Franklin awaits word on housing grant

Published 8:33 am Wednesday, August 19, 2009

FRANKLIN—Four families could soon be living in affordable rehabilitated formerly abandoned and foreclosed homes, thanks to a Neighborhood Stabilization Program grant the city applied for.

If the grant from the Virginia Department of Housing and Community Development is awarded to Franklin, it will provide the city with $503,519.91 to buy and rehabilitate foreclosed and vacant homes and resell them to low- to medium-income families.

“It’s a competitive grant,” Donald Goodwin, the city’s director of community development, said. Franklin is competing with other cities and counties across Virginia for the funding. “We haven’t heard yet whether we’ve been awarded the grant.”

The city was previously awarded a $25,000 planning grant through the Department of Housing and Community Development to study the impact of foreclosures in Franklin.

Goodwin said that the grant is not to help homeowners facing foreclosure but rather to prevent vacant homes from breeding crime and other undesirable elements in neighborhoods.

“This is basically to remove blight,” he said, noting some of the negative elements vacant homes encourage like vandalism and squatting. “This is an effort to move some of these properties.”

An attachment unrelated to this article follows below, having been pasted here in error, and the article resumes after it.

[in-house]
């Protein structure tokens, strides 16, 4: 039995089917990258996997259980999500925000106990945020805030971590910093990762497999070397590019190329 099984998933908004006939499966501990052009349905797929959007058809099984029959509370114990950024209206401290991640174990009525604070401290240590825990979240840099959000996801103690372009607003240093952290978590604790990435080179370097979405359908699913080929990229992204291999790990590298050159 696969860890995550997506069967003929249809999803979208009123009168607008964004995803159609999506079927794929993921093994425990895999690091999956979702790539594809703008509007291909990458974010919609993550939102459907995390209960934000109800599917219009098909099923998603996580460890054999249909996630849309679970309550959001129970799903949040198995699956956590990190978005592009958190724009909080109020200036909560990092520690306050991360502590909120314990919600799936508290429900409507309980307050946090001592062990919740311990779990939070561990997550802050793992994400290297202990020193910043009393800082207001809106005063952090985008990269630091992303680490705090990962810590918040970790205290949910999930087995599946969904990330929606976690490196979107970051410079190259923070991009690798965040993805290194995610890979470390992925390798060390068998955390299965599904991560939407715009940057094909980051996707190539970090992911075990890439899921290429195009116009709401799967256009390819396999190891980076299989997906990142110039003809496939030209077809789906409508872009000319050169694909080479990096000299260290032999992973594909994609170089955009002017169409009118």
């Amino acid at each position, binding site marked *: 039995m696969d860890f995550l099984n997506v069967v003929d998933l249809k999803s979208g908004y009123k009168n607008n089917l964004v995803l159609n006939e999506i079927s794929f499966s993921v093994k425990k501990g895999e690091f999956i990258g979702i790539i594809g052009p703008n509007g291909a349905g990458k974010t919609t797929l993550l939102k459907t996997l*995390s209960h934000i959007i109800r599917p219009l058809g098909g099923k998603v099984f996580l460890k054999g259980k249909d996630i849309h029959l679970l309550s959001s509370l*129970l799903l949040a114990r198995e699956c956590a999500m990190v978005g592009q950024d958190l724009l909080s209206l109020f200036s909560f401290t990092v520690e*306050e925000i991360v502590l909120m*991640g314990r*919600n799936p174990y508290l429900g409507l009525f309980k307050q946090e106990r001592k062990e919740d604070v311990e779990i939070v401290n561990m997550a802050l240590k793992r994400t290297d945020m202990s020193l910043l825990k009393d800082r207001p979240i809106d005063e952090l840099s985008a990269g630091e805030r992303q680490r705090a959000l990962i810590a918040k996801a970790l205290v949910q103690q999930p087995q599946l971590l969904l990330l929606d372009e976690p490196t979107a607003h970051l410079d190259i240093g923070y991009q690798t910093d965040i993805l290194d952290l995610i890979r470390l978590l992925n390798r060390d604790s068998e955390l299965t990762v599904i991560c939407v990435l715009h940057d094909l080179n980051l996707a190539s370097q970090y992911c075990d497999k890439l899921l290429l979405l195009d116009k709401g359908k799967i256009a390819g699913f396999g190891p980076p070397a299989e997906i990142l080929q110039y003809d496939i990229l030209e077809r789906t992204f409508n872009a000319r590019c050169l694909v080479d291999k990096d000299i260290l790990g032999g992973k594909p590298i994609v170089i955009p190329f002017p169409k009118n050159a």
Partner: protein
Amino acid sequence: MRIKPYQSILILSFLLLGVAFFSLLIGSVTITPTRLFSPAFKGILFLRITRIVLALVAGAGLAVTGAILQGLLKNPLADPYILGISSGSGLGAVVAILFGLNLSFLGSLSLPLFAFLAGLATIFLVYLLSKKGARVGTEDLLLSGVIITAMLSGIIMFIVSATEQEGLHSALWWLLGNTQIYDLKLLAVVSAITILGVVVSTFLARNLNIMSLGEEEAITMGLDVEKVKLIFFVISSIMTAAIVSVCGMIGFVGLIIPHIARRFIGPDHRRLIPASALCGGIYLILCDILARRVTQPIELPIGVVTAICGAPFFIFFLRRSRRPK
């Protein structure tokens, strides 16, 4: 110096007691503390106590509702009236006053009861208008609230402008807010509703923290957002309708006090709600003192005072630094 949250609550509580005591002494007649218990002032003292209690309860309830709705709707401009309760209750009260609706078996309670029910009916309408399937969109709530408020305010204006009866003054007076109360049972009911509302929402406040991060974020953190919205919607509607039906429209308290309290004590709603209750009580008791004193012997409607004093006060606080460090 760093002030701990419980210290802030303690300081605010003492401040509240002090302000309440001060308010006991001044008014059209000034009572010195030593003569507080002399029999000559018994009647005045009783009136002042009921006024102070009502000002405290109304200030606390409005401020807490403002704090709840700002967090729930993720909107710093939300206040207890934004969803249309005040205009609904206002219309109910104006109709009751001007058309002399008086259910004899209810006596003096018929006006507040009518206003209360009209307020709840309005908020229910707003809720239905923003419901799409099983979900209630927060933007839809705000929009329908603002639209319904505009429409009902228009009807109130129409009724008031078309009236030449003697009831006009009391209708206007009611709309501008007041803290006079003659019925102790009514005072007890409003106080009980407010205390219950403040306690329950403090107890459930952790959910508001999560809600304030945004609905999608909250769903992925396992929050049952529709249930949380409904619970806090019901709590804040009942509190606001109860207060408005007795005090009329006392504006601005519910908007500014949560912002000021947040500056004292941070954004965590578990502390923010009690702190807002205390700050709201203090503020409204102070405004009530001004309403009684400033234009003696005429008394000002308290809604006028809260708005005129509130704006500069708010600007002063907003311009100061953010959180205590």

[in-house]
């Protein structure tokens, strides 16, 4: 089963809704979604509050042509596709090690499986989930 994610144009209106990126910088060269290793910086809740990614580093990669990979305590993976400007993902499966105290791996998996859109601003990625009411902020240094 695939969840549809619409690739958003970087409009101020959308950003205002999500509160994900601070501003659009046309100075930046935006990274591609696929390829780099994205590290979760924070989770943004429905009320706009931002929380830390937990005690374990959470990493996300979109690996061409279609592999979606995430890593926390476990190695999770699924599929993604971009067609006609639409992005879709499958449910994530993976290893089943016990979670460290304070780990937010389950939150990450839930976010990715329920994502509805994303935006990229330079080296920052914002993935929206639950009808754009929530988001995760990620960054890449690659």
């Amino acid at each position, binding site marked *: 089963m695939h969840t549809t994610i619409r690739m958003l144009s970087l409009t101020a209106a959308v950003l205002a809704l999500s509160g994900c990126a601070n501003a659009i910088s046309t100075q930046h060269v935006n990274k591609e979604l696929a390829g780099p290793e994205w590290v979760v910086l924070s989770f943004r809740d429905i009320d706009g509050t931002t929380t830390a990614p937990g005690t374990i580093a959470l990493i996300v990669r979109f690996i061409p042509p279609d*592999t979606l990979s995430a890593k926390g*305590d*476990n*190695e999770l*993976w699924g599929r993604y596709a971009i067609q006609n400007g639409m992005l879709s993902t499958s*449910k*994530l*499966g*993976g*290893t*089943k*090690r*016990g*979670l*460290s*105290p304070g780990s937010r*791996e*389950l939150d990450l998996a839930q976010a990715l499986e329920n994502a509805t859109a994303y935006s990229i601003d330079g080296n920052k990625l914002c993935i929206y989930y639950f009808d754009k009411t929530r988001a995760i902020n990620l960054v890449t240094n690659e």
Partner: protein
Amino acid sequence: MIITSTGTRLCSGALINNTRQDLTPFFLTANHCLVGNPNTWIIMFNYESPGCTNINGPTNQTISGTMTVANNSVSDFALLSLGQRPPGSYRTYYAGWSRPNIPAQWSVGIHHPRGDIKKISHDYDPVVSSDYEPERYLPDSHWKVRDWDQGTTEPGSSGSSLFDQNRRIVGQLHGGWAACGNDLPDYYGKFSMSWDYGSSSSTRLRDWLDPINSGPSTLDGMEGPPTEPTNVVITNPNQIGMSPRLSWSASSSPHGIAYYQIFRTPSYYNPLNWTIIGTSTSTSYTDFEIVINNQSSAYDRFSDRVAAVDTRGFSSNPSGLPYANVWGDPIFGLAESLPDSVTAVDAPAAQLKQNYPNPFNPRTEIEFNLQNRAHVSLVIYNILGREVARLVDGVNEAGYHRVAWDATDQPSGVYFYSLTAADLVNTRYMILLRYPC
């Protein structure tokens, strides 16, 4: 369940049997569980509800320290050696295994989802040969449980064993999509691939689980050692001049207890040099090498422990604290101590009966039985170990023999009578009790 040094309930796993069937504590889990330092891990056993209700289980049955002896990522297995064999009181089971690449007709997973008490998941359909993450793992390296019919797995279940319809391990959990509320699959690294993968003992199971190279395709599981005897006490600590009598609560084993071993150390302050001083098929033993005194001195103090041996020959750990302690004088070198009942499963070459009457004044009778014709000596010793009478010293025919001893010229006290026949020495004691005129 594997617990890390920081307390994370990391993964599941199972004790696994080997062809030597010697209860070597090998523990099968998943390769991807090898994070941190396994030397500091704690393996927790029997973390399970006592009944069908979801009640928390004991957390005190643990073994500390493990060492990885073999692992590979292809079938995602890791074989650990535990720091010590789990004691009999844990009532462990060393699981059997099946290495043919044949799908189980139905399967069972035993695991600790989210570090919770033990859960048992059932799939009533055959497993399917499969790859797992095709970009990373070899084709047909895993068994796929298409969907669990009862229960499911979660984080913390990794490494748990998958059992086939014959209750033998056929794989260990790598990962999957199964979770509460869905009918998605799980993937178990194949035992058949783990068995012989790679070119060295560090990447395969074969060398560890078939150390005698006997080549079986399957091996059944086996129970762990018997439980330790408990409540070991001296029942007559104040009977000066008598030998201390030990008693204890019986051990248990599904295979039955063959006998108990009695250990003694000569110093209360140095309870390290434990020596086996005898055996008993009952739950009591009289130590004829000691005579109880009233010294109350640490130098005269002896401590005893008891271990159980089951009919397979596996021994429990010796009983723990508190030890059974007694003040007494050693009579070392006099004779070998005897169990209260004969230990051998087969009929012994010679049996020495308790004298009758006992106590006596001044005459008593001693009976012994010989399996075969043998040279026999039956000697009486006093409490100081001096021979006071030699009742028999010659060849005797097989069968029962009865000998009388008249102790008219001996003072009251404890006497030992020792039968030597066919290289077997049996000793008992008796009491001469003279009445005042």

Goodwin said that the city has identified two properties in the Meadowbrook neighborhood and two more in Oldtown that it would like to purchase and rehabilitate. In an effort to keep the properties affordable, the city can only purchase them at 15 percent below their assessed value.

Potential buyers will be required to complete homeownership classes. The low-to-medium income families that will have the opportunity to buy the homes may also qualify for down payment and closing cost assistance through another grant program, HOME.

Foreclosure is already a big problem in Franklin. Goodwin said that data from the Department of Housing and Urban Development shows that the city’s rate of foreclosure per-capita is the third highest in the state, and he expects the numbers to rise.

“We feel like there may be some more foreclosures coming,” he said.

Goodwin described finding the properties as a “moving target.” That’s because owners of the vacant or foreclosed properties often sell them to whoever shows up with the money first, and that’s often an investor.

“Investor-owners are buying these to rent out, and that’s not what we want,” he said. “Our goal is to make homeowners.”

Goodwin said that he’s hoping to hear the result of the grant application by the beginning of September.